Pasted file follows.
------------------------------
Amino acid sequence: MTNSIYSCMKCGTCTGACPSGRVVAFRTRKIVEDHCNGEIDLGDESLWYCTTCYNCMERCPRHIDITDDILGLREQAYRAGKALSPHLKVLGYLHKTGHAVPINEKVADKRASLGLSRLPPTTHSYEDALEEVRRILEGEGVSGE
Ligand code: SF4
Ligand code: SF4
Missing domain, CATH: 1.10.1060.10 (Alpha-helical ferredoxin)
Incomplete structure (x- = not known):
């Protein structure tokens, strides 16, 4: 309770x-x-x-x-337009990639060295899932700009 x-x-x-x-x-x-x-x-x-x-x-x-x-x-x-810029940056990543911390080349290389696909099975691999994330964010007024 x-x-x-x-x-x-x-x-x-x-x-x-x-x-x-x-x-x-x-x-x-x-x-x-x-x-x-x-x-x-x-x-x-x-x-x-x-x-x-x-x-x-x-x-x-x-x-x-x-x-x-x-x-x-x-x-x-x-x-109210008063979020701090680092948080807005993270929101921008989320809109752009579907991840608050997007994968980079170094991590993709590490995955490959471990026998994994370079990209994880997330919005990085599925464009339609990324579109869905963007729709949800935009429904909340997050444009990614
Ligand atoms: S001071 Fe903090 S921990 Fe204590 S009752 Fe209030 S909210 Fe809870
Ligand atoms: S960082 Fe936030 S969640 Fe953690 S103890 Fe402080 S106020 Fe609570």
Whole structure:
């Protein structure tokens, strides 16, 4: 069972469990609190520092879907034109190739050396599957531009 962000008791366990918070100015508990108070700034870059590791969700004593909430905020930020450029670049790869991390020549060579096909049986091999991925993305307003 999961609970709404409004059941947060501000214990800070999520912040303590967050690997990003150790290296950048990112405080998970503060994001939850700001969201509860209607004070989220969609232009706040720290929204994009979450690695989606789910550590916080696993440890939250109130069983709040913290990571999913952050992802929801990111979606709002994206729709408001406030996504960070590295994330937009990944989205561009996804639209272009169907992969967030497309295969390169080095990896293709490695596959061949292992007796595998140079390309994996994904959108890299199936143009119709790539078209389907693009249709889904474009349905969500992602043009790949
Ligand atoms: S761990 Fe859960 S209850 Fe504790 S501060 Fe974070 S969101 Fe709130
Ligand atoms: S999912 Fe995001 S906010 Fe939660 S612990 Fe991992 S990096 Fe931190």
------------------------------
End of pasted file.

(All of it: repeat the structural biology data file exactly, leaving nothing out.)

Amino acid sequence: MTNSIYSCMKCGTCTGACPSGRVVAFRTRKIVEDHCNGEIDLGDESLWYCTTCYNCMERCPRHIDITDDILGLREQAYRAGKALSPHLKVLGYLHKTGHAVPINEKVADKRASLGLSRLPPTTHSYEDALEEVRRILEGEGVSGE
Ligand code: SF4
Ligand code: SF4
Missing domain, CATH: 1.10.1060.10 (Alpha-helical ferredoxin)
Incomplete structure (x- = not known):
């Protein structure tokens, strides 16, 4: 309770x-x-x-x-337009990639060295899932700009 x-x-x-x-x-x-x-x-x-x-x-x-x-x-x-810029940056990543911390080349290389696909099975691999994330964010007024 x-x-x-x-x-x-x-x-x-x-x-x-x-x-x-x-x-x-x-x-x-x-x-x-x-x-x-x-x-x-x-x-x-x-x-x-x-x-x-x-x-x-x-x-x-x-x-x-x-x-x-x-x-x-x-x-x-x-x-109210008063979020701090680092948080807005993270929101921008989320809109752009579907991840608050997007994968980079170094991590993709590490995955490959471990026998994994370079990209994880997330919005990085599925464009339609990324579109869905963007729709949800935009429904909340997050444009990614
Ligand atoms: S001071 Fe903090 S921990 Fe204590 S009752 Fe209030 S909210 Fe809870
Ligand atoms: S960082 Fe936030 S969640 Fe953690 S103890 Fe402080 S106020 Fe609570």
Whole structure:
């Protein structure tokens, strides 16, 4: 069972469990609190520092879907034109190739050396599957531009 962000008791366990918070100015508990108070700034870059590791969700004593909430905020930020450029670049790869991390020549060579096909049986091999991925993305307003 999961609970709404409004059941947060501000214990800070999520912040303590967050690997990003150790290296950048990112405080998970503060994001939850700001969201509860209607004070989220969609232009706040720290929204994009979450690695989606789910550590916080696993440890939250109130069983709040913290990571999913952050992802929801990111979606709002994206729709408001406030996504960070590295994330937009990944989205561009996804639209272009169907992969967030497309295969390169080095990896293709490695596959061949292992007796595998140079390309994996994904959108890299199936143009119709790539078209389907693009249709889904474009349905969500992602043009790949
Ligand atoms: S761990 Fe859960 S209850 Fe504790 S501060 Fe974070 S969101 Fe709130
Ligand atoms: S999912 Fe995001 S906010 Fe939660 S612990 Fe991992 S990096 Fe931190």